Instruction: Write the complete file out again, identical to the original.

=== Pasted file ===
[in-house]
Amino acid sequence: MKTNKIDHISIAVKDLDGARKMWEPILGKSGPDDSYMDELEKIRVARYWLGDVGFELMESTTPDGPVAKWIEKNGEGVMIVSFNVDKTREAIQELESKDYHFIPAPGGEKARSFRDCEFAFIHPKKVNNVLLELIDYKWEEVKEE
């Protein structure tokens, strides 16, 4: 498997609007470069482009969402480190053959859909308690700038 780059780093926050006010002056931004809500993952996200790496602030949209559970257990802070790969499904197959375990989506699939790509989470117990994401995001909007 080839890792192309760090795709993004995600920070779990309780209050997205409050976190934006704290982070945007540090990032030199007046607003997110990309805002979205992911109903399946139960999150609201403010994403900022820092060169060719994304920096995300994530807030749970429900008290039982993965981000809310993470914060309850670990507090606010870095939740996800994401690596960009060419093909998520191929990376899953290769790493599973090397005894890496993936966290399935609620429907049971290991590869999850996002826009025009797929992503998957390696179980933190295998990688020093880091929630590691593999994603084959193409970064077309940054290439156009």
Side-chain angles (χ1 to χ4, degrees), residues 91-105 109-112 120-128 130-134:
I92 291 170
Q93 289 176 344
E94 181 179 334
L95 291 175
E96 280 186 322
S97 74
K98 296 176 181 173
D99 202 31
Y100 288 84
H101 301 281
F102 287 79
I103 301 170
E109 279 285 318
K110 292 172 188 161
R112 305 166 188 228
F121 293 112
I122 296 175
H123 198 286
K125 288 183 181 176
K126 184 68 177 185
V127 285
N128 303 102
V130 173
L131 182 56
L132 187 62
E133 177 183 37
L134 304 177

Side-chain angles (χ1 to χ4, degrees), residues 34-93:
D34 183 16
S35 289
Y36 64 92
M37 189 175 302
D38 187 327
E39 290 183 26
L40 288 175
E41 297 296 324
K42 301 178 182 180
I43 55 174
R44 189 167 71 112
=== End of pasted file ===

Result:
[in-house]
Amino acid sequence: MKTNKIDHISIAVKDLDGARKMWEPILGKSGPDDSYMDELEKIRVARYWLGDVGFELMESTTPDGPVAKWIEKNGEGVMIVSFNVDKTREAIQELESKDYHFIPAPGGEKARSFRDCEFAFIHPKKVNNVLLELIDYKWEEVKEE
């Protein structure tokens, strides 16, 4: 498997609007470069482009969402480190053959859909308690700038 780059780093926050006010002056931004809500993952996200790496602030949209559970257990802070790969499904197959375990989506699939790509989470117990994401995001909007 080839890792192309760090795709993004995600920070779990309780209050997205409050976190934006704290982070945007540090990032030199007046607003997110990309805002979205992911109903399946139960999150609201403010994403900022820092060169060719994304920096995300994530807030749970429900008290039982993965981000809310993470914060309850670990507090606010870095939740996800994401690596960009060419093909998520191929990376899953290769790493599973090397005894890496993936966290399935609620429907049971290991590869999850996002826009025009797929992503998957390696179980933190295998990688020093880091929630590691593999994603084959193409970064077309940054290439156009």
Side-chain angles (χ1 to χ4, degrees), residues 91-105 109-112 120-128 130-134:
I92 291 170
Q93 289 176 344
E94 181 179 334
L95 291 175
E96 280 186 322
S97 74
K98 296 176 181 173
D99 202 31
Y100 288 84
H101 301 281
F102 287 79
I103 301 170
E109 279 285 318
K110 292 172 188 161
R112 305 166 188 228
F121 293 112
I122 296 175
H123 198 286
K125 288 183 181 176
K126 184 68 177 185
V127 285
N128 303 102
V130 173
L131 182 56
L132 187 62
E133 177 183 37
L134 304 177

Side-chain angles (χ1 to χ4, degrees), residues 34-93:
D34 183 16
S35 289
Y36 64 92
M37 189 175 302
D38 187 327
E39 290 183 26
L40 288 175
E41 297 296 324
K42 301 178 182 180
I43 55 174
R44 189 167 71 112